The 2011 Mckinsey Big Data report (see the Mckinsey.com website for a free copy) covers a broad range of issues with Big Data. Given their expertise on all thing technical, their over 300 page report provides some significant gravitas on the topic. Of course they will be fishing for consulting assignments as a result, but they touch the nerve of a real issue. How can organizations stay on the leading edge?
The Mckinsey answer is to provide technology to look at all aspects of your business and systematize your approach. The data that might be accumulating without being analyzed may hold the key for getting closer to your customer by understanding their behavior better, or perhaps understanding your suppliers better, or providing a mechanism to be more methodical creating more predicable results and less variability in your operations.
The report doesn’t spend any significant time on the mechanics of Big Data technology like Dyanamo from Amazon or the open software Hadoop to analyze massive amounts of data. The paper is aimed at identifying the pain of not properly using Big Data, and building a business case why a significant amount of money should be spent to master your data. In all fairness, they do provide some additional granularity, with some industries being more appropriate than others. They do spend time discussing four examples: health care, government services, manufacturing and telecom/mobile.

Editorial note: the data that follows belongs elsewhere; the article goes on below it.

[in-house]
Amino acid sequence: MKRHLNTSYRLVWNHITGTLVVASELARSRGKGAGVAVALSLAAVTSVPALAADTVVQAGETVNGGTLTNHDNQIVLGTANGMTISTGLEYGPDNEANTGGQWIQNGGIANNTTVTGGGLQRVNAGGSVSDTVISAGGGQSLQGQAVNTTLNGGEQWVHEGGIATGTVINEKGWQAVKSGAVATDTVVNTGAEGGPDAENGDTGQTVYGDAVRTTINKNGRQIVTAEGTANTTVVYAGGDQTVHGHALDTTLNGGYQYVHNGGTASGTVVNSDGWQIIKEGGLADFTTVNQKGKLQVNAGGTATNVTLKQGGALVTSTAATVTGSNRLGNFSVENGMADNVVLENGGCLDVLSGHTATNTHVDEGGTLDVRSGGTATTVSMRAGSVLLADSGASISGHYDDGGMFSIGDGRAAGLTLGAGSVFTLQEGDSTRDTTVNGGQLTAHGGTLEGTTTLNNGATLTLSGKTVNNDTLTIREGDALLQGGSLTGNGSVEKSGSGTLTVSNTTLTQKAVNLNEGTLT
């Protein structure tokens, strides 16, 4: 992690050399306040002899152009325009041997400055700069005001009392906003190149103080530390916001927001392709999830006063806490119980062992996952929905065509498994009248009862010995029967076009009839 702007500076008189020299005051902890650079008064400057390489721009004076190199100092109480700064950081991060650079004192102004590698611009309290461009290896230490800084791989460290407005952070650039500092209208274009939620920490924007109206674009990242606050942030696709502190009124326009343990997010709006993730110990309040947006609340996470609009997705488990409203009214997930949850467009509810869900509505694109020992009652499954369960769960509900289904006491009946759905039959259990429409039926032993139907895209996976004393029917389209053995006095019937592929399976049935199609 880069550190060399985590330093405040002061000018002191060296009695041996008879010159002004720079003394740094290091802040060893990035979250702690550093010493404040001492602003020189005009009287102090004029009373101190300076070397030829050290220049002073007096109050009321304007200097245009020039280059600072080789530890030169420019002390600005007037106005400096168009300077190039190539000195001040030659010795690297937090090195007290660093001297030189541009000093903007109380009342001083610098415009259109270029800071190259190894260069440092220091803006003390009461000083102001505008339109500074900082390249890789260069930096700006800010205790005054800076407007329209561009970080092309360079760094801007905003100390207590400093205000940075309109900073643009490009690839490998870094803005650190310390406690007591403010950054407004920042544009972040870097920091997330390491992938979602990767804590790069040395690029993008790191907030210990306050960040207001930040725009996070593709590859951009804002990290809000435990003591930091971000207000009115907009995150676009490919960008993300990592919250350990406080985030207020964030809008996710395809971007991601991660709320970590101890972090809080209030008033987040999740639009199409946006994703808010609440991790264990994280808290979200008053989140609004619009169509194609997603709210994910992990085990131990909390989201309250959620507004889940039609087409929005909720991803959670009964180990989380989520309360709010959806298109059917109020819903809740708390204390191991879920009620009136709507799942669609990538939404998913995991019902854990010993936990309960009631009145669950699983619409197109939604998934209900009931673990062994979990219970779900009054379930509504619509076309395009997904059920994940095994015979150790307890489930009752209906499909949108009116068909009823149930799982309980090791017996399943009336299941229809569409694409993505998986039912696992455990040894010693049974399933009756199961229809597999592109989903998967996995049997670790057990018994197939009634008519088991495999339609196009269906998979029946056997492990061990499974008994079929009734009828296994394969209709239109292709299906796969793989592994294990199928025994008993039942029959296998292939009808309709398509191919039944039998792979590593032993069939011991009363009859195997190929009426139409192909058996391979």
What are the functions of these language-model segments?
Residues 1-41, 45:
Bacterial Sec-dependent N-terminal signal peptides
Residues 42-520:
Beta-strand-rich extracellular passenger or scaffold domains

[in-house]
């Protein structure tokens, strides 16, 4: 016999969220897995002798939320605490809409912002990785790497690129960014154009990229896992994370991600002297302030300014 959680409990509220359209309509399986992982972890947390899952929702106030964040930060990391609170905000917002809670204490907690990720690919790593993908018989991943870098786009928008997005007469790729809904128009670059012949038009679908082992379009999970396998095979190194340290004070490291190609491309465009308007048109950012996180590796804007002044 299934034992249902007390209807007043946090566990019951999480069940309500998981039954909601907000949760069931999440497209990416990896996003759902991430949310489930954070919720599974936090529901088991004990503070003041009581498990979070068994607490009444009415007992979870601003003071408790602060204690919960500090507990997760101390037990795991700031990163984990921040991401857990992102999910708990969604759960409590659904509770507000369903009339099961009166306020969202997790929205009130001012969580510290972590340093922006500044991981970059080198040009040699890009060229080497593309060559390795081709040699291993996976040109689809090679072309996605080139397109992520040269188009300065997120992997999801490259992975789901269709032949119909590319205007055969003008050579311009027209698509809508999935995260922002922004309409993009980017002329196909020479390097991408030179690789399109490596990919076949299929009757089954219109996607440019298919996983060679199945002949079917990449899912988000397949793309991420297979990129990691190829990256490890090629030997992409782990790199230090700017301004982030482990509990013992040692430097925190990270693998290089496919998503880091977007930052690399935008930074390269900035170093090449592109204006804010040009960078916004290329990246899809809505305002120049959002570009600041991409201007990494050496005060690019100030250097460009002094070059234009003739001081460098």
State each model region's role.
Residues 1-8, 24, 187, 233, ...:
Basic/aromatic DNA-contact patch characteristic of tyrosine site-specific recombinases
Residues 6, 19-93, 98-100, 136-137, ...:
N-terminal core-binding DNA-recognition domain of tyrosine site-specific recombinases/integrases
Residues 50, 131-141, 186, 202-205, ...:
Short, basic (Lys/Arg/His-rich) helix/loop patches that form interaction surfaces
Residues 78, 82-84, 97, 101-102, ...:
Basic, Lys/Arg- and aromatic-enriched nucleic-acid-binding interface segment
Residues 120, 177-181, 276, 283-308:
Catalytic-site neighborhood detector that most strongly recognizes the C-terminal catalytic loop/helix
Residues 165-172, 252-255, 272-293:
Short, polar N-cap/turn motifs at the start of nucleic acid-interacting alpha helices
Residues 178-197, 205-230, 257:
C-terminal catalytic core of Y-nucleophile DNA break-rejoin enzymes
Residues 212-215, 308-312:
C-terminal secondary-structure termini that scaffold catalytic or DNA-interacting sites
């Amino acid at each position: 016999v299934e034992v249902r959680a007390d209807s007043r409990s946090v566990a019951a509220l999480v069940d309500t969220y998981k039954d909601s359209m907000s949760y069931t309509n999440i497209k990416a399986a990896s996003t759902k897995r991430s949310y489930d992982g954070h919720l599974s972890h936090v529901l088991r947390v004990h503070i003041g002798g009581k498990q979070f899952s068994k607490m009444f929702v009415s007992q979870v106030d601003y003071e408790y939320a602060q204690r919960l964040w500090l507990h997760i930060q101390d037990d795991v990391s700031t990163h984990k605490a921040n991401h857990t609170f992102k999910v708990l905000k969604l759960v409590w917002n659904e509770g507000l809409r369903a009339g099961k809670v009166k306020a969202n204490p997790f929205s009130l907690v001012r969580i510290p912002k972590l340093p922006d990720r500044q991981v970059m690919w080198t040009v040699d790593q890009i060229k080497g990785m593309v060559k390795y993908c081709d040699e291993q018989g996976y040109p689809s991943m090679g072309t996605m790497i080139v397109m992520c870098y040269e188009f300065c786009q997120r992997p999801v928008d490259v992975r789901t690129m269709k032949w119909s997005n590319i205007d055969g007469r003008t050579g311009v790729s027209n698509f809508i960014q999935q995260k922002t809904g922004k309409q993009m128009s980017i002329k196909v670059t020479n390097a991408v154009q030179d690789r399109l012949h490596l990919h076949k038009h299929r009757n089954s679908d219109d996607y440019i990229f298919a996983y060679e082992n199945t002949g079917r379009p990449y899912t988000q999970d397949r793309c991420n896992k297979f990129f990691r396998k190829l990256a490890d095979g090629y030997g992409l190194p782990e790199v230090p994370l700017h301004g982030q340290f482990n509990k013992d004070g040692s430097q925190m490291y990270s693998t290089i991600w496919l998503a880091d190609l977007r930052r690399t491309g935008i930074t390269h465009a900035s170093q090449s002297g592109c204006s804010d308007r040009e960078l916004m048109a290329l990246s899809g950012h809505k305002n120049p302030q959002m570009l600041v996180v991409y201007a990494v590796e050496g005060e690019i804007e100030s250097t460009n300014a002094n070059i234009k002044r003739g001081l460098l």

Major ways that Big Data can add value include mechanisms for both companies and consumers to become better informed and create transparency for pricing and trends. It can provide the platform to create new business models that are disruptive for existing approaches. It might also take more human decision making out of the process, and replace it with algorithms. The intent is not to dehumanize the world, but to get over the reinvention of the wheel for the 6 billionth time.
The report also looks at the problems with Big Data implementations. There are legal and structural reasons why the Big Data approach may hit roadblocks. Data security, talent shortages and technology infrastructure are three areas that will slow or stop Big Data.
The report ends with a smidgen of their consulting approach, starting with a methodology outline of how to create a value potential index for your company, and some of the suitability metrics that they would employ to see if Big Data is appropriate.
The potential benefits for this approach are significant, if you are in an appropriate industry, have some budget available, and the stomach for some real disruptive changes. But this is what separates the leaders from the pack.